KARACHI: Routes leading to the National Stadium were placed under a ‘virtual curfew’ on Saturday as security forces have sealed all the connecting roads by erecting barricades in order to secure the area for the Pakistan Super League (PSL) final match to be held today (Sunday).
Karachi is hosting an international-level cricket match – which will be played by Islamabad United and Peshawar Zalmi – after a gap of nine years.
To avoid any untoward incident, all the roads leading to the National Stadium from Dalmia, Hassan Square, Karsaz Road, University Road and Kashmir Road were sealed by placing trucks, containers and water tankers. Personnel of law enforcement agencies have also been deputed in order to stop anyone from entering the sealed roads.
Only spectators possessing valid identity cards and PSL tickets will be allowed to travel on the roads sealed by law enforcement agencies for the match. The agencies are claiming ‘foolproof’ security arrangements for the match.
Spectators will arrive at the stadium using a shuttle service provided by the government after parking their cars and motorcycles at the five designated spots on University Road and one each at Kashmir Complex and on Dalmia Road.
Multiple rehearsals by law enforcement agencies have also been held in this regard. An extra contingent of law enforcers have been deployed on the routes leading to the stadium while jawans from the Rangers and police will be patrolling the roads on motorcycles and in mobiles. Armored personnel carriers and police commandos have also been stationed at some points along the designated routes while some special guideposts have been set up for cricket fans who intend to come to the stadium. Alternative traffic routes have also been notified for commuters.
“All the arrangements about sealing the roads have already been made, however, the roads leading to the stadium will be sealed on Saturday night,” said SHO Humayun Ahmed of the Aziz Bhatti police station in whose jurisdiction the stadium falls.
Ever present threats of terrorism loom in the city but law enforcers are determined that the match will proceed peacefully and set a precedent for future matches to be held in the port city. “We are mentally and physically prepared to provide protection to all,” said SHO Ahmed. “We are ready to sacrifice our lives for the sake of the country or to secure the lives of the citizens. We are also ready to take the lives of our enemies.”
The officer said that the police jawans do not have any need for orders to shoot on sight. “The officers or personnel on ground do not need any such orders,” he explained. “It is in our training to take action according to the ground situation or circumstances.”
Special security arrangements have been made for the movement of national and international players from their hotels to the stadium. The arrival of the cricketers and foreign spectators has been continuing for the past few days, however, during the main movement, all commercial activities and vehicular traffic en-route to the players’ destination will be closed by the security forces with deployment of hundreds of security personnel.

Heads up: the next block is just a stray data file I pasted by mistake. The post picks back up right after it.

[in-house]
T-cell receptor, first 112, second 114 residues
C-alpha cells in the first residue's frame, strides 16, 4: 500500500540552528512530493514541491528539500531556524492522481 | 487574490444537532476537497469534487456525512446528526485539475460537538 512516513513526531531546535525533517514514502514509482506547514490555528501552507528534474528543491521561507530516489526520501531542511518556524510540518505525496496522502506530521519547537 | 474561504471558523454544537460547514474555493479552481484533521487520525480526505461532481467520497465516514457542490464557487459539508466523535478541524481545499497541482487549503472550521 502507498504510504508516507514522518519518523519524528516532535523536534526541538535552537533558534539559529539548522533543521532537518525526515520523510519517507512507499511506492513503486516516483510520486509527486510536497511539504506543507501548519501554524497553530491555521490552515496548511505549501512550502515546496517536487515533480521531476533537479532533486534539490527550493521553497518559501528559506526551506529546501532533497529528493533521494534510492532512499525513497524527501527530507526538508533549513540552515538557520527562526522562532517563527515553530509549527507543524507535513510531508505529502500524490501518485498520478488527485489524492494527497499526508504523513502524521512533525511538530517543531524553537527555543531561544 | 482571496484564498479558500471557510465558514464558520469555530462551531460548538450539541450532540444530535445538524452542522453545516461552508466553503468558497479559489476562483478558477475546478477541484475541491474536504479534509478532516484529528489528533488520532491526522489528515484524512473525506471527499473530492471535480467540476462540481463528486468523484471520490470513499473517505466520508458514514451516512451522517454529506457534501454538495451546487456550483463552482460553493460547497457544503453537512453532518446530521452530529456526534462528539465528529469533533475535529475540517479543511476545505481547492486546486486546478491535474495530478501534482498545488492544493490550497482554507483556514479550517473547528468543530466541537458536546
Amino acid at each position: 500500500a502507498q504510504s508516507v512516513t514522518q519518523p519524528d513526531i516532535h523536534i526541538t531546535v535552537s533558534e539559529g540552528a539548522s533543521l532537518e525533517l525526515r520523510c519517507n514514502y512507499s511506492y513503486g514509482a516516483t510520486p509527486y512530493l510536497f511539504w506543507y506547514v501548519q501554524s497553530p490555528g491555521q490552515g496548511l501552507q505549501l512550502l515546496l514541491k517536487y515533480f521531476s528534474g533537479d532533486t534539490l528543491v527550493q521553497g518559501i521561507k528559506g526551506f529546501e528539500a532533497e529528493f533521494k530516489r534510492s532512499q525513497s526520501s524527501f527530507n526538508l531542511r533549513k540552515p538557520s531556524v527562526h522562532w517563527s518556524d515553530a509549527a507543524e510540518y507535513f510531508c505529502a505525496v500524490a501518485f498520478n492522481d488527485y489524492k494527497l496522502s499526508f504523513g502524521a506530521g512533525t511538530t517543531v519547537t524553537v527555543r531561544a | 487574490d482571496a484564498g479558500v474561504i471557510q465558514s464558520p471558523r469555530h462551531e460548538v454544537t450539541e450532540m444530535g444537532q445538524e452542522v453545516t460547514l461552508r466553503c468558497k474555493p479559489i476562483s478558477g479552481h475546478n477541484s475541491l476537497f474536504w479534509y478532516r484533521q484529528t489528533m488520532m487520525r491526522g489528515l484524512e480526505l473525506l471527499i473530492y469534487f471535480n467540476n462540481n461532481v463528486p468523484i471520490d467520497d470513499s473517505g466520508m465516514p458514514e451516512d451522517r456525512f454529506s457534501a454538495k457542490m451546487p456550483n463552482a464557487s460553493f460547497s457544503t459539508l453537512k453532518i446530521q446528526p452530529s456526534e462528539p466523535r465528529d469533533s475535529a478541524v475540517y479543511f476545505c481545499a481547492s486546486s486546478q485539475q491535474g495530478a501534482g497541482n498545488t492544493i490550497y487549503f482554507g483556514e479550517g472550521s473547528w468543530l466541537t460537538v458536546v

Security has also been heightened at hotels in Karachi where cricketers and foreign spectators are staying. “Apart from the hotel’s own security, the Pakistan Cricket Board is also providing them protection at the hotels,” explained a representative of one of the five star hotels in Karachi.
The city of lights has been lit up and decorated with national flags, cutouts of PSL players and welcome banners for the cricketers. Trees and bushes along the city’s greenbelts, particularly on the routes leading towards the stadium including Sharae Faisal, Karsaz Road, Sir Shah Suleman Road, Kashmir Road, Dalmia, and University Road, have been decorated with colourful lights, with dividers painted with fresh coats and rubbish removed from the way.
Karachiities have been given an opportunity to enjoy this historical event in a city that once remained in the grip of terrorism, targeted killings and frequent shutter-down strikes. Apart from decorating the city, big banners can also be seen on the city’s roads promoting Sindhi culture, history and heritage. Many residents of the city have been seen snapping pictures of these decorations and taking selfies with the players’ cutouts.
“A few years back, no one could imagine that this could happen in Karachi, a city that consecutively bled for years,” said a cricket fan Fahad Ibrar Khan. “This is the real Karachi, the city of lights and the government and law enforcers should maintain this.”
The Karachi Metropolitan Corporation (KMC) has taken credit for all the arrangements. “The credit goes to the KMC and we were able to do so with the help of the chief minister, as he supported us a lot,” said Mayor Wasim Akhtar. “It’s not perfect but we have done a good job of carpeting the damaged roads, sweeping them and decorating them with lights and flowers,” he said. “Hopefully, we will do more and more for the upcoming series of cricket matches with the West Indies.”
Chief Minister Murad Ali Shah and Home Minister Sohail Anwar Siyal also visited the stadium ahead of the match to review the security arrangements. Siyal and his squad were allowed to go inside the stadium after being thoroughly checked by the law enforcers. “The Sindh government has fulfilled its promise,” he said. “We are satisfied with the security arrangements as the security plan has been devised accordingly to the International Cricket Council’s laws.” He said that more than 15,000 security personnel will perform duties, adding that the security of the National Stadium has been divided into three layers – the Rangers, the Rangers and police and the police.